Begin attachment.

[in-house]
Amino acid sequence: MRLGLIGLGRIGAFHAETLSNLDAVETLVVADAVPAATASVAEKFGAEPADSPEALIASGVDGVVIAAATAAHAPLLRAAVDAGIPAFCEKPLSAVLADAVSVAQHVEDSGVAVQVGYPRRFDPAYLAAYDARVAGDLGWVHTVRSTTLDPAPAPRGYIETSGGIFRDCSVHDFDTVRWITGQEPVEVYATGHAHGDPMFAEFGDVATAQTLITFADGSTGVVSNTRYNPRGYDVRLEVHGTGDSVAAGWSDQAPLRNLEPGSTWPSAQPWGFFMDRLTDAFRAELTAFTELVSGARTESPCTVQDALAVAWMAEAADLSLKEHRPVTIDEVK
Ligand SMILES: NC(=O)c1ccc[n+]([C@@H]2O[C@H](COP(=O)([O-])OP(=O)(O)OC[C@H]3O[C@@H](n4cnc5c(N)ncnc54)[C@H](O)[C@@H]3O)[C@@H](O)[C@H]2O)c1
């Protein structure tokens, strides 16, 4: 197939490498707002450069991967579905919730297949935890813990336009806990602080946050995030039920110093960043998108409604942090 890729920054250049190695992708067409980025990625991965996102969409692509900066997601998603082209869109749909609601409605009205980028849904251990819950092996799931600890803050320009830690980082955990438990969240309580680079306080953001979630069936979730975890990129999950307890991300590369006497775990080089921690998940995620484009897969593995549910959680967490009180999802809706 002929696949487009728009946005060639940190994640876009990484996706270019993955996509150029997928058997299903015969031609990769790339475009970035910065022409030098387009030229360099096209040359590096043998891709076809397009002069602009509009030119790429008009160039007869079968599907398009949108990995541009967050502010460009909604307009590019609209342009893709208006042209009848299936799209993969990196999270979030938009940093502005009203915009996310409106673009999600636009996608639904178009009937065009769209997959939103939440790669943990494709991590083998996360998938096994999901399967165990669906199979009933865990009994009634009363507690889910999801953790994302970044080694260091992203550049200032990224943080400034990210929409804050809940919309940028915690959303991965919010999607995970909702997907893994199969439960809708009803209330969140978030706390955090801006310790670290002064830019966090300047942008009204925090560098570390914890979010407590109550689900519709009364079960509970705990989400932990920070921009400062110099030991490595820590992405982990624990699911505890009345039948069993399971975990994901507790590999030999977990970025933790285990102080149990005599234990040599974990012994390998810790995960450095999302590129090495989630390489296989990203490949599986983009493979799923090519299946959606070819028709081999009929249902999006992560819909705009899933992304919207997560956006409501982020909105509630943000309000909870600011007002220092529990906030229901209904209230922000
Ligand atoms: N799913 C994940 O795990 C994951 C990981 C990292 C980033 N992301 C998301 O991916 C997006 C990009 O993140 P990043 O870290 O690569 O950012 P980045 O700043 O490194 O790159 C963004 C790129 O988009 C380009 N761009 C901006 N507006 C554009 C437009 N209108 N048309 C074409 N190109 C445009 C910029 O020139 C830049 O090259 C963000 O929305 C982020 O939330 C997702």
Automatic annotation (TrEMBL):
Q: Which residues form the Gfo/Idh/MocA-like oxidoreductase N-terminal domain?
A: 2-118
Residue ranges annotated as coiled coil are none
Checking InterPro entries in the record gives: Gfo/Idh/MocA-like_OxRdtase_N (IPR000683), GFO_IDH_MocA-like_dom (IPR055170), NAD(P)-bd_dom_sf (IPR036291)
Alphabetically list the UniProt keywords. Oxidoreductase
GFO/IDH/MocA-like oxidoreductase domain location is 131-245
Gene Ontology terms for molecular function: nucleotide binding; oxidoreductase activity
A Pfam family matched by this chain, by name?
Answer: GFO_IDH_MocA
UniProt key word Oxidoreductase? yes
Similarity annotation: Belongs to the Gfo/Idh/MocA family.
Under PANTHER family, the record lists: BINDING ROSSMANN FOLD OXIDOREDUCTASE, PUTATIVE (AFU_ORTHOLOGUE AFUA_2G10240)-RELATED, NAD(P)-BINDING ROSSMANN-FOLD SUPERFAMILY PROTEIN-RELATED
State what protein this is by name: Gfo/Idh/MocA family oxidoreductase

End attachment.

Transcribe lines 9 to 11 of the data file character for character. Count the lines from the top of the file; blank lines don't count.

Residue ranges annotated as coiled coil are none
Checking InterPro entries in the record gives: Gfo/Idh/MocA-like_OxRdtase_N (IPR000683), GFO_IDH_MocA-like_dom (IPR055170), NAD(P)-bd_dom_sf (IPR036291)
Alphabetically list the UniProt keywords. Oxidoreductase